iPhone 4s: Is It Still Worth Buying?

Apple’s iPhone 4s is well over two years old, but Apple is still selling the device in its online store and in retail locations as the company’s entry-level smartphone. The $0 price tag after signing a two-year contract is extremely enticing, especially for folks who are on a budget, and you can even nab a used iPhone 4s for well under $200 off-contract if you look in the right places.

This makes the iPhone 4s one of the best deals in terms of up-front cash you’ll spend, as far as Apple’s current lineup is concerned. However, is it worth it to save this kind of cash in order to get the iPhone 4s and skip the newer iPhone 5s and iPhone 5c? Many folks are still happy with their iPhone 4s after owning it for two years, but if you’re in the market for a new phone right this minute, is the iPhone 4s still a good buy?

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The iPhone 4s Still Kicks Butt…

I had the iPhone 4s up until I got the iPhone 5s on release day back in September. I didn’t need to upgrade to a better phone, but I was able to upgrade, so I did it anyway. I could’ve easily stayed with the iPhone 4s for at least another year, and my wife is still rocking hers; she loves it.

The iPhone 4s also still fully supports iOS 7, and as we all know, Apple is notorious for keeping older iOS hardware out of the running for newer software updates. However, the iPhone 4s is the last iPhone to come with mostly everything that iOS 7 offers, with the iPhone 4 getting the short end of the stick with dumbed-down visual effects and not as many iOS 7 features that you’ll get on the newer hardware.

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Granted, there were a few issues with iOS 7 performance on the iPhone 4s, including an annoying keyboard lag that affected a lot of users, but it’s easily fixable and we haven’t heard of anymore problems since.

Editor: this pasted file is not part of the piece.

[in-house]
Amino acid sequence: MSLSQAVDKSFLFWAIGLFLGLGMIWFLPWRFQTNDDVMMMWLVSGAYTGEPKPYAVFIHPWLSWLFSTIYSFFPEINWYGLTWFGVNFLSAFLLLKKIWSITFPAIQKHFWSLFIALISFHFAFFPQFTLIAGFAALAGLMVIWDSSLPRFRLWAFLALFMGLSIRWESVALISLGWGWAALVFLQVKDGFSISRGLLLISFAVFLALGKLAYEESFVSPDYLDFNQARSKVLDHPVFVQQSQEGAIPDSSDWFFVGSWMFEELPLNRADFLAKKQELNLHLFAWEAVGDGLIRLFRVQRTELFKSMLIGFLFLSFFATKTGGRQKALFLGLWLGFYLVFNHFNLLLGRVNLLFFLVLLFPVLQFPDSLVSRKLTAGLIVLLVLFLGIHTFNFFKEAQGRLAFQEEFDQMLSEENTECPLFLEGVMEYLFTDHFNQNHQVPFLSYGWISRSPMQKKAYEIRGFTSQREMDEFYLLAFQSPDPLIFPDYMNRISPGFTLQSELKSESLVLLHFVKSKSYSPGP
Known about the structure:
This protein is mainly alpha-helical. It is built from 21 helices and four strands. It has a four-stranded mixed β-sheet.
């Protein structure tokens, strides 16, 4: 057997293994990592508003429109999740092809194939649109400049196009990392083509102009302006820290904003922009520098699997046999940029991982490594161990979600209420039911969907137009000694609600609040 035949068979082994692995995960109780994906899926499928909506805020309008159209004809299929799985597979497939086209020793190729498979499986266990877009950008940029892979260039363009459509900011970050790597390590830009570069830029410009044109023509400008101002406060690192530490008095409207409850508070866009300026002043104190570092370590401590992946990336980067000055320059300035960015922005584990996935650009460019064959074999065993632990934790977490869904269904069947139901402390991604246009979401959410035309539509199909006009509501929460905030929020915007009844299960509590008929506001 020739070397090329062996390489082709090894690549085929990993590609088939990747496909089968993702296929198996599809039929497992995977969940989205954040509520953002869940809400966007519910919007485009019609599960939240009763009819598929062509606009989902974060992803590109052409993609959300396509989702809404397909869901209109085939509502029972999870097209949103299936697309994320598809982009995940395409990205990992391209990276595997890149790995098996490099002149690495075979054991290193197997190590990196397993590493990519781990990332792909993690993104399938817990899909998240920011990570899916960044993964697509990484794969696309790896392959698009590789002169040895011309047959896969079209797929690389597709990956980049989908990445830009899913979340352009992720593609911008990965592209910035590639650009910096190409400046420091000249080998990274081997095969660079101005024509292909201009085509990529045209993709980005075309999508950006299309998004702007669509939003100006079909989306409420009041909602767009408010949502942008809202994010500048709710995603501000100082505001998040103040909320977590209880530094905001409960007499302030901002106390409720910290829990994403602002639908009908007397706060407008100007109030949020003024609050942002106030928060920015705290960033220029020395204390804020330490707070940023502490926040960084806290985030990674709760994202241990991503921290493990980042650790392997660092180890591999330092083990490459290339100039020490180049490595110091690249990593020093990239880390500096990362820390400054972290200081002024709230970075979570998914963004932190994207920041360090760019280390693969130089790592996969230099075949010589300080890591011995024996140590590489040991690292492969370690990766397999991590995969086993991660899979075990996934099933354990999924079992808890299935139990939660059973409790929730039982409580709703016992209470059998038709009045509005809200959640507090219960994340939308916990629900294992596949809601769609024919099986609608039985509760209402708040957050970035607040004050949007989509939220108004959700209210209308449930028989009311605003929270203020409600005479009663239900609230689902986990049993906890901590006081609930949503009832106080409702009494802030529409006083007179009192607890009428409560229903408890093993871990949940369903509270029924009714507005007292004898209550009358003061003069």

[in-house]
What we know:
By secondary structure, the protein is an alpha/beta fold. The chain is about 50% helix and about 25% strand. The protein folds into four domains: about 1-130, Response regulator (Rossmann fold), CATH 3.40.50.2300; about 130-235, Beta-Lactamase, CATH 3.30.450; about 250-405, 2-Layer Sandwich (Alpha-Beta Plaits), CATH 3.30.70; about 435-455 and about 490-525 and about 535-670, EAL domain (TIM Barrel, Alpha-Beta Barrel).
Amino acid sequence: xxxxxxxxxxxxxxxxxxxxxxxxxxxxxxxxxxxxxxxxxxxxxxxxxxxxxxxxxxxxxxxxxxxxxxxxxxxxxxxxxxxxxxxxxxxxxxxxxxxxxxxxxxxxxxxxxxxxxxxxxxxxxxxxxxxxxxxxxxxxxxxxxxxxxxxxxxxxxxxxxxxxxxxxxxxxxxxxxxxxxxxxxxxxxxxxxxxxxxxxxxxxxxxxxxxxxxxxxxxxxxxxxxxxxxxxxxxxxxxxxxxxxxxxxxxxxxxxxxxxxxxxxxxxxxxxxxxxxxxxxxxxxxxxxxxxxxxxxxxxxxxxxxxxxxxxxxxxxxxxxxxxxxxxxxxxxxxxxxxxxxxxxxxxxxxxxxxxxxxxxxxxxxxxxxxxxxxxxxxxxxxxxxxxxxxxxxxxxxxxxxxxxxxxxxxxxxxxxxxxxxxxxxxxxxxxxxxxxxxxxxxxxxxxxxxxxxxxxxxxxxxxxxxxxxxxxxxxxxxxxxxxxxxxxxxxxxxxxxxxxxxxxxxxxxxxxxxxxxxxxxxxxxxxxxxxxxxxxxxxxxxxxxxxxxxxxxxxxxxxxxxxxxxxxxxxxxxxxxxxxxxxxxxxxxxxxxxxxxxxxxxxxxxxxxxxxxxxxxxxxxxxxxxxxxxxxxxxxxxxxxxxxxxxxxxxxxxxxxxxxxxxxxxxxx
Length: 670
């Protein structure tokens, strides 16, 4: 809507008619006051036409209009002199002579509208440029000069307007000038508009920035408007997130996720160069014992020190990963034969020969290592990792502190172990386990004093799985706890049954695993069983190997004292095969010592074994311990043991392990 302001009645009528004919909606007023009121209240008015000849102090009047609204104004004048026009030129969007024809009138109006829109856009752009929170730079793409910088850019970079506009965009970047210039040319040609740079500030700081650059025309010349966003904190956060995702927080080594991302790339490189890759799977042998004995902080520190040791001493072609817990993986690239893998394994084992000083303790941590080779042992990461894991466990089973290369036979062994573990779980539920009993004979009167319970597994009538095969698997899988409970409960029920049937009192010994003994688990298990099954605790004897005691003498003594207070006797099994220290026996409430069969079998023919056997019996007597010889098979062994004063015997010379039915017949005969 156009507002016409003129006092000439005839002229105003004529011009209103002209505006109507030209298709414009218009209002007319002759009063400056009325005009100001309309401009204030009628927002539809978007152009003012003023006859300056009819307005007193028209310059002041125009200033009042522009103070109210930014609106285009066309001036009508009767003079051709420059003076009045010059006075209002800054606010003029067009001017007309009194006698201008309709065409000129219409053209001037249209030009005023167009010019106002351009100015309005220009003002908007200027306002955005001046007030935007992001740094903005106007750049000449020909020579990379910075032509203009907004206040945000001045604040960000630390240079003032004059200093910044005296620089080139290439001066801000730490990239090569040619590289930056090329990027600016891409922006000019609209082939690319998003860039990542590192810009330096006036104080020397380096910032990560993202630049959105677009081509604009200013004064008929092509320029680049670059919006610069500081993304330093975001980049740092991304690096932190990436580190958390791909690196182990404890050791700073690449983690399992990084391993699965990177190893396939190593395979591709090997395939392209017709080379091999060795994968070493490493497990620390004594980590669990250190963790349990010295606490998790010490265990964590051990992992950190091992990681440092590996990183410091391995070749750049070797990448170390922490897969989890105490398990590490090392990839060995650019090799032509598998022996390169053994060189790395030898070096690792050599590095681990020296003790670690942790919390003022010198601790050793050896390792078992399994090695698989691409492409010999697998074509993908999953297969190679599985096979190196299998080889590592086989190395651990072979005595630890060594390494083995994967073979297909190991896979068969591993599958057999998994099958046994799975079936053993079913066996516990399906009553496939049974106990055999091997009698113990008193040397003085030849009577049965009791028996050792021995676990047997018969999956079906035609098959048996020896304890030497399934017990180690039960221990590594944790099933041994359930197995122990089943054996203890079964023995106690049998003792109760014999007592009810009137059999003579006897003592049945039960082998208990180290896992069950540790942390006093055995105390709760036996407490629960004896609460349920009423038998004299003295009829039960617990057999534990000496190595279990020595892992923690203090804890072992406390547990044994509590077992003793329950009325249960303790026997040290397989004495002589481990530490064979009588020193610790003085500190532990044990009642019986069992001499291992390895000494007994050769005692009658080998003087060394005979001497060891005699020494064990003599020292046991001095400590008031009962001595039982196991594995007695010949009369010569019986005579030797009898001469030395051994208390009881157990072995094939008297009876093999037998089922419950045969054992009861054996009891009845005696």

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We still love the design of the iPhone 4s. Granted, it’s not as thin as the iPhone 5/5s, but it’s a massive improvement over the plastic-laden iPhone 3G/3GS that came before it. Plus, the iPhone 4/4s was the first time that Apple included a high-resolution display (known as a Retina display), making text and images appear sharper than any other phone at the time– it even has the same pixel density as the iPhone 5s.

…But There Are Better Options

Then again, while the iPhone 4s is still a great device, there are much better options that are available right now. The iPhone 5s, iPhone 5c and the iPhone 5 all offer better performance than the iPhone 4s. Even the iPhone 5c, which only costs $99 on-contract is a huge upgrade from the iPhone 4s.

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If a $100 difference is a big deal to you, just remember that you’ll be locked into a two-year contract paying at least $70 per month for service. This adds up to nearly $1,700 over two years, so $100 is extremely negligible. Thus, there’s no need to settle for something less when you can get a top-of-the-line handset for just $100 more, or even just $200 more for the iPhone 5s.

It’s a Great Deal, but Don’t Be Fooled

Don’t get me wrong, though; the iPhone 4s is a bargain, and if you need an unlocked, off-contract smartphone, most people usually buy a used model so that they don’t have to shell out $650 for a brand new model. You can get a used iPhone 4s for under $200 on eBay, making it a good, cheap option if you don’t want to be stuck on a contract.